‘Tis the season for gift giving. And, if you’re looking to gift greener – this giveaway’s for you! We’re partnering with ‘Gift It Green’ to give away three beautiful reusable gift boxes. They include two all-occasion gift boxes in medium and large and one small reusable gift box especially for the holidays. We’re also throwing in a package of eco-tissue paper. These gift boxes store flat and do not require wasteful tape or packaging. All include a “gift it forward” slip inside to encourage the recipient to reuse it! Total value? More than $50. Look below for all the ways to enter through 11:59 PST on November 30, 2012. Good luck!
Terri Bennett recently published book, “Do Your Part: A practical guide to everyday green living,” just received the prestigious APEX award. The 24th Annual Awards for Publication Excellence is an international competition that recognizes outstanding publications from magazines to Web sites.
In “Do Your Part: A practical guide for everyday green living,” Terri explores the hundreds of ways we can create a sustainable way of living that is simple, convenient and cost effective. In the foreword, Laura Turner Seydel, environmental advocate, mother and chairperson of the Captain Planet Foundation says “In Do Your Part, Terri Bennett is calling for each one of us “to do our part” for our personal health and our environment – no matter how big or small the act – because together we can truly make a difference.”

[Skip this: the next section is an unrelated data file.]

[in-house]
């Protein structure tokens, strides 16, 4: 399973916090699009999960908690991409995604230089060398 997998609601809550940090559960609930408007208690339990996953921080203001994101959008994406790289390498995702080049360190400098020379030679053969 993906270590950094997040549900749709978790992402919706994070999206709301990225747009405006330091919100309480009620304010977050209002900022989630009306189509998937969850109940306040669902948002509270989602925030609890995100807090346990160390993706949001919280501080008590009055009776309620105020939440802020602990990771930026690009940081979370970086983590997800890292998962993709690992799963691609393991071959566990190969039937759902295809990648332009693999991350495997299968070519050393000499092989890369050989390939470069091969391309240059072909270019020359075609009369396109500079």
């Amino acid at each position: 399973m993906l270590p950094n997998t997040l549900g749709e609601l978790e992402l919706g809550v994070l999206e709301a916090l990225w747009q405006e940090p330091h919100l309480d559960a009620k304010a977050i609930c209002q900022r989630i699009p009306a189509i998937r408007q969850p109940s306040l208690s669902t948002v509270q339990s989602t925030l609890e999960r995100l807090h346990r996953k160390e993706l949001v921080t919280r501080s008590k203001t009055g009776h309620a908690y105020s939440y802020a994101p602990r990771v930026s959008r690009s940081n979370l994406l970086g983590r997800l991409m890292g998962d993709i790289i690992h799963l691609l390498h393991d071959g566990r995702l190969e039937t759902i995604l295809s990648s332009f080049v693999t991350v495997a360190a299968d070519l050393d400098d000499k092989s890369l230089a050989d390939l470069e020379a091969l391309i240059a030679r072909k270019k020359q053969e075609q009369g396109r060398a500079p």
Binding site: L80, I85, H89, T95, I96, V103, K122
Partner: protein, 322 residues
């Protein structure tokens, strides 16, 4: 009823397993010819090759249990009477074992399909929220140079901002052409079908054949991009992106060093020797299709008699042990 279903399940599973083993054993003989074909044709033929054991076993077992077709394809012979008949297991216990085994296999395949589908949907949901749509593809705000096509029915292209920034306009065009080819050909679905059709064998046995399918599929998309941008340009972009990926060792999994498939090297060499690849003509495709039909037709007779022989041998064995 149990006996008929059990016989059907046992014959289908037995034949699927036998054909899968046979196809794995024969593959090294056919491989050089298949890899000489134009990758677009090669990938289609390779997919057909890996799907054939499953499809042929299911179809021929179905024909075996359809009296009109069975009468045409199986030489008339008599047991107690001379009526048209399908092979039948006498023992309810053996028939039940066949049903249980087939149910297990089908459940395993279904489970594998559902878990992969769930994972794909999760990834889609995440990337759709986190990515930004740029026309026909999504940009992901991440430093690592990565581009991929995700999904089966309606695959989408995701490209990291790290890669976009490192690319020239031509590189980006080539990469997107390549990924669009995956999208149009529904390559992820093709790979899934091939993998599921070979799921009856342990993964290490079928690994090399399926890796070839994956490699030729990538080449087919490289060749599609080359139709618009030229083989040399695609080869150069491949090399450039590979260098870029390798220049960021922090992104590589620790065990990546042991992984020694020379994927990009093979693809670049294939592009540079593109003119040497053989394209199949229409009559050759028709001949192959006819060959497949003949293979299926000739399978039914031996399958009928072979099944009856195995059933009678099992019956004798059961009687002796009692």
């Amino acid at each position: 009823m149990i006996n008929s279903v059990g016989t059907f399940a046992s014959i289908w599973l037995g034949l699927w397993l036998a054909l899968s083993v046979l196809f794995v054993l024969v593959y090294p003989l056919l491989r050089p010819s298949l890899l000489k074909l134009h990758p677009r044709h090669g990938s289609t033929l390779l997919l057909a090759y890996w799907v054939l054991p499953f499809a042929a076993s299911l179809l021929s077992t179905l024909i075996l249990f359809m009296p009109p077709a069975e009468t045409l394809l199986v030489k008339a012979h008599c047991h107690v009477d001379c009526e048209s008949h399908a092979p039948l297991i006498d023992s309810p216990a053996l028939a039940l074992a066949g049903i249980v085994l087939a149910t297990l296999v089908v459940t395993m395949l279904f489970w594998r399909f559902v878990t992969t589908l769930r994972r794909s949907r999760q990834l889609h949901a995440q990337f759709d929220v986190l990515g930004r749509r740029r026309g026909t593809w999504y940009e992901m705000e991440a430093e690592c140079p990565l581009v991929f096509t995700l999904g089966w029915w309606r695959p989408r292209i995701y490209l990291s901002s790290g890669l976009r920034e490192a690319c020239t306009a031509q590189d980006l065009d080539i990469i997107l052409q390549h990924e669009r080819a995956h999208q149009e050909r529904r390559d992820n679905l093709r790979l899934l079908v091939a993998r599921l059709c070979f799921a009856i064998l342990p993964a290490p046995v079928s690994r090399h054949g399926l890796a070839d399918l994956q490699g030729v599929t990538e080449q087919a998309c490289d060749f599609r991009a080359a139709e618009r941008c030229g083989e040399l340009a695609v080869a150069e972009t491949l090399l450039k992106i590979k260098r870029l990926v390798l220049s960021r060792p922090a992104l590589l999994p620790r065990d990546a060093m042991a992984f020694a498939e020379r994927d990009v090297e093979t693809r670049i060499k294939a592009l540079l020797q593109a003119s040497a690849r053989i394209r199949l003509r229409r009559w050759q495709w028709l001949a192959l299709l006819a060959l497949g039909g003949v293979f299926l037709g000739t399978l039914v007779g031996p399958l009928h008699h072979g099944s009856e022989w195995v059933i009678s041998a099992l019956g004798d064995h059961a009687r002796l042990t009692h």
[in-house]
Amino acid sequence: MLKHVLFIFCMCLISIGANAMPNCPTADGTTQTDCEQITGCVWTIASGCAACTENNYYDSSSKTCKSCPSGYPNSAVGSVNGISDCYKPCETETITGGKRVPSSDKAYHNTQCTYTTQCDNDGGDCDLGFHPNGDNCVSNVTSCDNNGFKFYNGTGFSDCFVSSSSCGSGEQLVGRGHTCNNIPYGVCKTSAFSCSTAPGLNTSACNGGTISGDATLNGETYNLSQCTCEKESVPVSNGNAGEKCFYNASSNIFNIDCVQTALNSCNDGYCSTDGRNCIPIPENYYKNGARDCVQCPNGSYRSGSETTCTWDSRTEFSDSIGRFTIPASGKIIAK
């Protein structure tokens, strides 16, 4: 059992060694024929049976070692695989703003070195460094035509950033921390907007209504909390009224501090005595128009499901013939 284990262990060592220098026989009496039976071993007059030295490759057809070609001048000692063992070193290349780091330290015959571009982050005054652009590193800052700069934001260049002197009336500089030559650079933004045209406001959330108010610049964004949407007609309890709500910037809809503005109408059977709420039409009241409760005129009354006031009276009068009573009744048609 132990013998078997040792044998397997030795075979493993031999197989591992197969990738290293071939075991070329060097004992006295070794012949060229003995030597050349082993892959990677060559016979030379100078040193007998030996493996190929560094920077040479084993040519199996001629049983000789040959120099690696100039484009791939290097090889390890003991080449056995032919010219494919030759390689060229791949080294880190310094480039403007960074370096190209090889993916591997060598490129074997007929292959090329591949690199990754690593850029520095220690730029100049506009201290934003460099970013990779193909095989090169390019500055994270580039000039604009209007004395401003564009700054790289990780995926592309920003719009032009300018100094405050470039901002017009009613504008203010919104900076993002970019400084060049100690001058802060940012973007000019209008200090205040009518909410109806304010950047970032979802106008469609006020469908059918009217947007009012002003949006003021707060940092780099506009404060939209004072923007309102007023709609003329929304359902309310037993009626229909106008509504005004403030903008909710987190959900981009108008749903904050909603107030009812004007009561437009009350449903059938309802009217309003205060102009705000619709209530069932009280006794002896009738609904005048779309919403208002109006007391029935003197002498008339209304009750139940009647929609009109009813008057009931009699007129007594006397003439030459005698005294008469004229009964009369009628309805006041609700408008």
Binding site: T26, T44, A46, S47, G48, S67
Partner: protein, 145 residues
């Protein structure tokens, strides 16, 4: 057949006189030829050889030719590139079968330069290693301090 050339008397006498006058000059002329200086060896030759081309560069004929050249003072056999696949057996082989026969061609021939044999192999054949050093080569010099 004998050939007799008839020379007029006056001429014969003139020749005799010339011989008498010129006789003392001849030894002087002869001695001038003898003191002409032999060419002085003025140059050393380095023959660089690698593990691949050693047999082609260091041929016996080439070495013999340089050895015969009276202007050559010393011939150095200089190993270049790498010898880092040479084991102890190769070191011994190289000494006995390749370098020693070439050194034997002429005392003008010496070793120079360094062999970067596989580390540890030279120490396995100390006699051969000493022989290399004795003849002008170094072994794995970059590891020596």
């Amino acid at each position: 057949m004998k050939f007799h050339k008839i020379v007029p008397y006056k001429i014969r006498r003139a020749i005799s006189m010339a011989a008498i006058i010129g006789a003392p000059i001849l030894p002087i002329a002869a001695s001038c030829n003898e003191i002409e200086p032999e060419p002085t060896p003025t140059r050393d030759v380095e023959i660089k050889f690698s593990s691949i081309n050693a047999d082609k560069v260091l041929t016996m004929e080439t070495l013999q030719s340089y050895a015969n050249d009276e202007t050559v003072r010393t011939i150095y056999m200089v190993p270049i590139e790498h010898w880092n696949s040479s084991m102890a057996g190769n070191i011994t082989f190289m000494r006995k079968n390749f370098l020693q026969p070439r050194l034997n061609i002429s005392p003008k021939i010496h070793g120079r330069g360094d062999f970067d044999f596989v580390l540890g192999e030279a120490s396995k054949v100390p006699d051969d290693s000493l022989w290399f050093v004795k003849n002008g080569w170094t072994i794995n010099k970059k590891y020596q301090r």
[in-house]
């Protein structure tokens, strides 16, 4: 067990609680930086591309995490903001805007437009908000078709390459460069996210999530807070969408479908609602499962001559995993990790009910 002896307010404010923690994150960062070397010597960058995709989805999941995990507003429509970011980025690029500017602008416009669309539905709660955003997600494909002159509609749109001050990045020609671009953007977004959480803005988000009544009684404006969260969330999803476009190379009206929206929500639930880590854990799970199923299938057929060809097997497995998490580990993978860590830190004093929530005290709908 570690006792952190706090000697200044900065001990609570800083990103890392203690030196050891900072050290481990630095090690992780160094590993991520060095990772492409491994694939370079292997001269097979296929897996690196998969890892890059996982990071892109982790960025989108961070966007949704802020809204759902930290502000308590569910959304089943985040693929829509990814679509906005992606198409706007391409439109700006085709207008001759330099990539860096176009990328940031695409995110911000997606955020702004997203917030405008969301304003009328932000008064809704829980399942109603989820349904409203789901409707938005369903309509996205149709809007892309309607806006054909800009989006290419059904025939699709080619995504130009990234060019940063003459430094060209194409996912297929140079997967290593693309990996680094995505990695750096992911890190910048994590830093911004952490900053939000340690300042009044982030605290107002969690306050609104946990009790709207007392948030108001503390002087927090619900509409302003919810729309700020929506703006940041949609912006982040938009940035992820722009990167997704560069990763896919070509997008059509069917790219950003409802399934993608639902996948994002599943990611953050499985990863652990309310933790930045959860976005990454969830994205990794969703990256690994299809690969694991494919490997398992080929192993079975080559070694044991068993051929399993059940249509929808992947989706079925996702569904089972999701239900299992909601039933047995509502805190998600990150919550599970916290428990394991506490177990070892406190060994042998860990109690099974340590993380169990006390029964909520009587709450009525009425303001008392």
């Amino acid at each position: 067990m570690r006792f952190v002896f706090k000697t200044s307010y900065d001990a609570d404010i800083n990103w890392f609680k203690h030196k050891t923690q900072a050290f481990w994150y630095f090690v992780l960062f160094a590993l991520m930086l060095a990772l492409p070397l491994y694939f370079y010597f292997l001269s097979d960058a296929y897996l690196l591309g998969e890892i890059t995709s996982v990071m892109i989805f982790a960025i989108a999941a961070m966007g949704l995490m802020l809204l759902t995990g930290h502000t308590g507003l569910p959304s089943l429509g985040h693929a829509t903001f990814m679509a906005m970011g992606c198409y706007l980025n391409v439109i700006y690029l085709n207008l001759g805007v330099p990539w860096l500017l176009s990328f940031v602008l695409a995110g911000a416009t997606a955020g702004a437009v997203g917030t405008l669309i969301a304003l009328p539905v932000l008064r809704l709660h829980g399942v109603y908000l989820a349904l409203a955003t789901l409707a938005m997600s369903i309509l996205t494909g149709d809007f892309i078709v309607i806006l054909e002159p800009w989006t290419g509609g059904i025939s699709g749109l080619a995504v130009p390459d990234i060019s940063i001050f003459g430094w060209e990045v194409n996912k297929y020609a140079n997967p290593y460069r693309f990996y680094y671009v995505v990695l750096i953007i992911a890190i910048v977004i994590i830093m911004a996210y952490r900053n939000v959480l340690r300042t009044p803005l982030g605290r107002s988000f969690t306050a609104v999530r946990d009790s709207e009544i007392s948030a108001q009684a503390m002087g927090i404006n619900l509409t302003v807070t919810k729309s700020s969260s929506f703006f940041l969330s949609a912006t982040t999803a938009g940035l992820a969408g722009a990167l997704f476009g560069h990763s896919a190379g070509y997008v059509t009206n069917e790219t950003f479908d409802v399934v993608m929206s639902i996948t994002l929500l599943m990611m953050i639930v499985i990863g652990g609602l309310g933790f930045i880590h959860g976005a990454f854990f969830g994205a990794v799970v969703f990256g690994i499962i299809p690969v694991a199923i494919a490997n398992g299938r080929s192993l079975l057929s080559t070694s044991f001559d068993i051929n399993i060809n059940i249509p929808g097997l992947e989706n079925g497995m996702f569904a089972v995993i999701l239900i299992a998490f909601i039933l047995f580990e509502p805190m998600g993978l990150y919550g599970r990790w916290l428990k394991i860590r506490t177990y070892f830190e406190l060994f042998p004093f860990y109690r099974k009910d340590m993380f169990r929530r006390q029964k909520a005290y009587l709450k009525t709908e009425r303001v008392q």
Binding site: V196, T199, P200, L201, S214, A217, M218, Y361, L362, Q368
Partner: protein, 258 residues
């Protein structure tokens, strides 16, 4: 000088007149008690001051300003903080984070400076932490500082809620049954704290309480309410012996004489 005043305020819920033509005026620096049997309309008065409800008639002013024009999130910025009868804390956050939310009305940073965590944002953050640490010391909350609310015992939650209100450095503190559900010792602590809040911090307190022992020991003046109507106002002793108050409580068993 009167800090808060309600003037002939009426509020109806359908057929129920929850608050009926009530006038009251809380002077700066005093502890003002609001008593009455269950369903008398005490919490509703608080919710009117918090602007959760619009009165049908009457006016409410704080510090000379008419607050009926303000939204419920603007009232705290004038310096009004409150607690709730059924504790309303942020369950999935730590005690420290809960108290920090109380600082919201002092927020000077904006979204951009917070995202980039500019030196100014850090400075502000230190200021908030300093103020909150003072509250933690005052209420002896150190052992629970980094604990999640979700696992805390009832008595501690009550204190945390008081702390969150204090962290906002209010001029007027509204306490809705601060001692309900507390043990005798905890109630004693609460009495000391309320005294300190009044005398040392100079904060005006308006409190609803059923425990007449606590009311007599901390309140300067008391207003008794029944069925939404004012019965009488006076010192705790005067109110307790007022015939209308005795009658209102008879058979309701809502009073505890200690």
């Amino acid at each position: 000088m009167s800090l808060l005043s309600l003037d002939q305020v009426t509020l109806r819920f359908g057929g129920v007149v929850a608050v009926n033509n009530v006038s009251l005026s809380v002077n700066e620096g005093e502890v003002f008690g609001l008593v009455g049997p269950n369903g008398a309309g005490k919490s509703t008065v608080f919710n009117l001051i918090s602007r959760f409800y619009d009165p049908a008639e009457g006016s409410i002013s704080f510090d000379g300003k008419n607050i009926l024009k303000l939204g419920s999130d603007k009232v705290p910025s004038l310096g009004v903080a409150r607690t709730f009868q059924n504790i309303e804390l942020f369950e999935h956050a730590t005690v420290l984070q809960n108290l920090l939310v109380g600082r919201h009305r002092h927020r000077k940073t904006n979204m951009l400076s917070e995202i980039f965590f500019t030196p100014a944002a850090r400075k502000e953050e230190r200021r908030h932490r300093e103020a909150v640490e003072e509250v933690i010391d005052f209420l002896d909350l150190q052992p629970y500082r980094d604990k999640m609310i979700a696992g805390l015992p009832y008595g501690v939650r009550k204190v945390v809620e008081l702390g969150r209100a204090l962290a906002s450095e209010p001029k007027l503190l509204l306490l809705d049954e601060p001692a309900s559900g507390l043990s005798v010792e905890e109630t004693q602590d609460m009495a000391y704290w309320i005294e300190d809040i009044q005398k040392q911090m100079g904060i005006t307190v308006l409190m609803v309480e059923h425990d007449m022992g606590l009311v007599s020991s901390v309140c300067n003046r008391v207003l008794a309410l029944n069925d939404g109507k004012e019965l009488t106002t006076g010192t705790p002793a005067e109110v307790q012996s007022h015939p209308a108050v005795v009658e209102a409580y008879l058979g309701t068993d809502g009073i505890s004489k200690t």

The 2012 Olympic games in London will be one of the greenest Olympics yet. Organizers say sustainability is at the core of the games – everything from the venues to the food provided for the world’s most elite athletes.
Starting with the venues, many places where the athletes will compete were already in place such as the Wimbledon courts. Public transportation has been significantly beefed up for athletes and travelers. And, new bike and walking routes and paths have been added across London. Olympic organizers have also been hard at work to make sure much of the food is sustainably sourced and minimum packaging is used.
Organizers have also created what they call a revolutionary new system to deal with the waste left behind from all the incoming people – pledging to keep it all from the landfills during the games.